Cancer patients face high stress from medical bills

Cancer survivors have high stress levels from medical financial hardship, such as struggling to pay bills, a study published in Cancer found.

Medical financial hardships include intense worry over unpaid bills and delaying needed care because of cost concerns.

The research team looked at data on 4,340 adult cancer survivors under 65 and 98,692 people the same age who never had cancer. They also looked at 6,014 cancer survivors age 65 and older, plus 25,744 older adults who did not have cancer.

Most of the survivors received their diagnosis at least 10 years earlier. About two-thirds of them were insured through employers or another kind of private health coverage.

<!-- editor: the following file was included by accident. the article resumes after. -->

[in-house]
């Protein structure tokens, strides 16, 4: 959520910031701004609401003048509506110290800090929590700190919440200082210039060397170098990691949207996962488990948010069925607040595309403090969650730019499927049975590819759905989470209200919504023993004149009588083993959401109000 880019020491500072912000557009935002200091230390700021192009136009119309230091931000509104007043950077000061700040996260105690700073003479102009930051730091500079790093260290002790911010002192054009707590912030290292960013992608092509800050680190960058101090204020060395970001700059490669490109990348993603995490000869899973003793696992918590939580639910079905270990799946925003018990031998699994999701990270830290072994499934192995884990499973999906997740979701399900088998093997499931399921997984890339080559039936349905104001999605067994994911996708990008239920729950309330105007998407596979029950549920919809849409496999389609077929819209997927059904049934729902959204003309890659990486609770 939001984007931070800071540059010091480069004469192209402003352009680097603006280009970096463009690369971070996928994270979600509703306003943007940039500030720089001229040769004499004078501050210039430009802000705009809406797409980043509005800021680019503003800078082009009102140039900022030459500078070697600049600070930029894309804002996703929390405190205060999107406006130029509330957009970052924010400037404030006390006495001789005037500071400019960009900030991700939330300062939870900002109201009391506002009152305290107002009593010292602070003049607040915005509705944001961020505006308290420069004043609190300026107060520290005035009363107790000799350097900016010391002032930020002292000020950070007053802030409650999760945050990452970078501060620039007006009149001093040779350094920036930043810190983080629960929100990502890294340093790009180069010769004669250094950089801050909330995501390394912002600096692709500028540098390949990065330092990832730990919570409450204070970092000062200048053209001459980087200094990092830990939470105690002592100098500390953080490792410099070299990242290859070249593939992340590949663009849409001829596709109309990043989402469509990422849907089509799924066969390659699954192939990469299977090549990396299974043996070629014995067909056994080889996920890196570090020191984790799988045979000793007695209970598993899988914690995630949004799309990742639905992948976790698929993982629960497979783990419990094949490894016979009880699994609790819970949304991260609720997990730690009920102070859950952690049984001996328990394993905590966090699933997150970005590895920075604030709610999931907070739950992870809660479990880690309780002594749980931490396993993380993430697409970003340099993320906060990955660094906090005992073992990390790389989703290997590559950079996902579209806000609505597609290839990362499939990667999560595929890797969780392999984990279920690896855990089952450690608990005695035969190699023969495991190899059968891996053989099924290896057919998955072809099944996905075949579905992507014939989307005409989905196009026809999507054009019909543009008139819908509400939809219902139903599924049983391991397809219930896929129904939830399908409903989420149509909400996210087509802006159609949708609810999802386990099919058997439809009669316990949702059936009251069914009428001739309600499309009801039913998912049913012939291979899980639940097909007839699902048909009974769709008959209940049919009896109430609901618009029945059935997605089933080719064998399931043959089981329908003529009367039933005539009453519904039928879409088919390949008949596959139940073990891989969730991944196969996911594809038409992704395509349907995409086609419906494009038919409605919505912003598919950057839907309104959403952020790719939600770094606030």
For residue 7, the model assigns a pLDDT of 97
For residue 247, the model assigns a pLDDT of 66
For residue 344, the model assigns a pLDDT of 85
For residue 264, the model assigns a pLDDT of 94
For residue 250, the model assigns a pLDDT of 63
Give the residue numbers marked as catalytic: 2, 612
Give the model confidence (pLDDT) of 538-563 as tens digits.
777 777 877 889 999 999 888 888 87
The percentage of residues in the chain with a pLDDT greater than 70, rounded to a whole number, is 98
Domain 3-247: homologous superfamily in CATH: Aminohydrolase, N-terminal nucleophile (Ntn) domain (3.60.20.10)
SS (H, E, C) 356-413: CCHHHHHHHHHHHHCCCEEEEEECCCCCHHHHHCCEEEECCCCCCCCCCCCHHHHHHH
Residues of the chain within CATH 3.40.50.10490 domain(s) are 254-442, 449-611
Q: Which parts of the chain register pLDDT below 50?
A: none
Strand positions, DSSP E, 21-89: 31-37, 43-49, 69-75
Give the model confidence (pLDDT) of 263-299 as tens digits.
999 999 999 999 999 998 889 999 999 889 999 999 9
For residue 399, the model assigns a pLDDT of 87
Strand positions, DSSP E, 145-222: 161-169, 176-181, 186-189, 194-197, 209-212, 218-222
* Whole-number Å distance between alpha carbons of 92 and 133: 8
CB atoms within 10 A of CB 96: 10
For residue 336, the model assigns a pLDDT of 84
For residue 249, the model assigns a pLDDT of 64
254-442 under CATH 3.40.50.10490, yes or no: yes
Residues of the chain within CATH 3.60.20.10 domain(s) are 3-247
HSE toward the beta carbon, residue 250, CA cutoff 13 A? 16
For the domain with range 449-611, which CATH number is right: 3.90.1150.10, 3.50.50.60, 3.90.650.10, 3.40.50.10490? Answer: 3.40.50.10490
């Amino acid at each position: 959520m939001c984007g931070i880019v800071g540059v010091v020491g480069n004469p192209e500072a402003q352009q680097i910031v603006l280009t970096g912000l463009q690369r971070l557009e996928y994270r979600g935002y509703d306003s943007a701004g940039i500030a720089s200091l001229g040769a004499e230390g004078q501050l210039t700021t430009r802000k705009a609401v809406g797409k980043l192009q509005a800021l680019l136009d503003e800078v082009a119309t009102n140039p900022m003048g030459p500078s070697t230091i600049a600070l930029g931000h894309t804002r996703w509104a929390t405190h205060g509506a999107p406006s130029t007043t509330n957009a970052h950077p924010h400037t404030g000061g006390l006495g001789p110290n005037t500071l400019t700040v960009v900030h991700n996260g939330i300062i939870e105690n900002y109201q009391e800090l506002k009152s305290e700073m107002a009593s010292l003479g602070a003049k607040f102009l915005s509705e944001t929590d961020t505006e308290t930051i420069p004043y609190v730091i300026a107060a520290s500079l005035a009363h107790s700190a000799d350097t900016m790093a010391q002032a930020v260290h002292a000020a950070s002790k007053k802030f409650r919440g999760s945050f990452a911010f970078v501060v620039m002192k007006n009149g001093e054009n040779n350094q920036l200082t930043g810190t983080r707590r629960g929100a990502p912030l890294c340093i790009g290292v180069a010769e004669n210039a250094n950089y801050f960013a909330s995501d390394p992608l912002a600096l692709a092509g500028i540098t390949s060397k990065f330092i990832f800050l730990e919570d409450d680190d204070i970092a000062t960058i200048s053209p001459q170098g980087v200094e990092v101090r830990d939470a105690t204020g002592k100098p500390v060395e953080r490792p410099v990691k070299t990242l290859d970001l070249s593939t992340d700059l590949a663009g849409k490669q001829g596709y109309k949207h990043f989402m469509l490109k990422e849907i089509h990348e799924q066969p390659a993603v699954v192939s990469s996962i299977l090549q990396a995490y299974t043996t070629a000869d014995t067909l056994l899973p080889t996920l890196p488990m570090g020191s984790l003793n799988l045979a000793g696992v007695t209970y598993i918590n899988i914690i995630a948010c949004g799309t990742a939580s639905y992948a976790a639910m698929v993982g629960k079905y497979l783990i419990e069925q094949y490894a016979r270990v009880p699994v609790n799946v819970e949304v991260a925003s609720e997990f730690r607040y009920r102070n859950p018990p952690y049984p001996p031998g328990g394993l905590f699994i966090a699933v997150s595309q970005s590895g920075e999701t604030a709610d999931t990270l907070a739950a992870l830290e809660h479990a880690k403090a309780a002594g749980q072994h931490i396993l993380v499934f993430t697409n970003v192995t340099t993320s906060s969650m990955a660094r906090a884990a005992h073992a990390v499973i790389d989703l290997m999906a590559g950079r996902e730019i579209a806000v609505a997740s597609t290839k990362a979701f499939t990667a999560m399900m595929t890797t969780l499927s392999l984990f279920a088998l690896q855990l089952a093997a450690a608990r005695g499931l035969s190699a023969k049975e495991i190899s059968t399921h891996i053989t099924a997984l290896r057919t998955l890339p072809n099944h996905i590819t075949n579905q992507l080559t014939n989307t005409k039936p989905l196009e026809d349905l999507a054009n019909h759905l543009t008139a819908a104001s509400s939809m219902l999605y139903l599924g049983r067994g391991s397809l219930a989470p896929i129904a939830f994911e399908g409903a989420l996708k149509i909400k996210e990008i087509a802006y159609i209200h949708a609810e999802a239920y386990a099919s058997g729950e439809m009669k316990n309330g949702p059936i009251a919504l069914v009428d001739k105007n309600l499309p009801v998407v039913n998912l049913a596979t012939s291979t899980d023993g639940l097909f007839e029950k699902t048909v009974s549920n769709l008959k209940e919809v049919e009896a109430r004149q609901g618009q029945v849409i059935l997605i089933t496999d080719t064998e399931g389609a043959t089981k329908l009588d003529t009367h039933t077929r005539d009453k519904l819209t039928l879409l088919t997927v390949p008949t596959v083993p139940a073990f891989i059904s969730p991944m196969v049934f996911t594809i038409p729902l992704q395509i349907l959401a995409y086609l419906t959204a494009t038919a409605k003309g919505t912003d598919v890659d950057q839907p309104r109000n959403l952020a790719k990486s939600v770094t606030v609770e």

The researchers found cancer survivors ages 18 to 49 were hit the most by financial problems. About 43 percent had medical-related financial issues, compared to 30 percent of their counterparts who never had cancer. Thirty-one percent of people in this group delayed care due to costs, compared to 21 percent of average people this age.

"Although cancer patients have benefited from newer and more advanced treatments, financial hardship may lead to emotional distress, cause changes in health behaviors and jeopardize treatment adherence and health outcomes," lead study author Zhiyuan "Jason" Zheng, PhD, told Reuters.

Young adults might face the most challenges since cancer may disrupt their education and limit their access to employer-provided health insurance, Dr. Zheng said.

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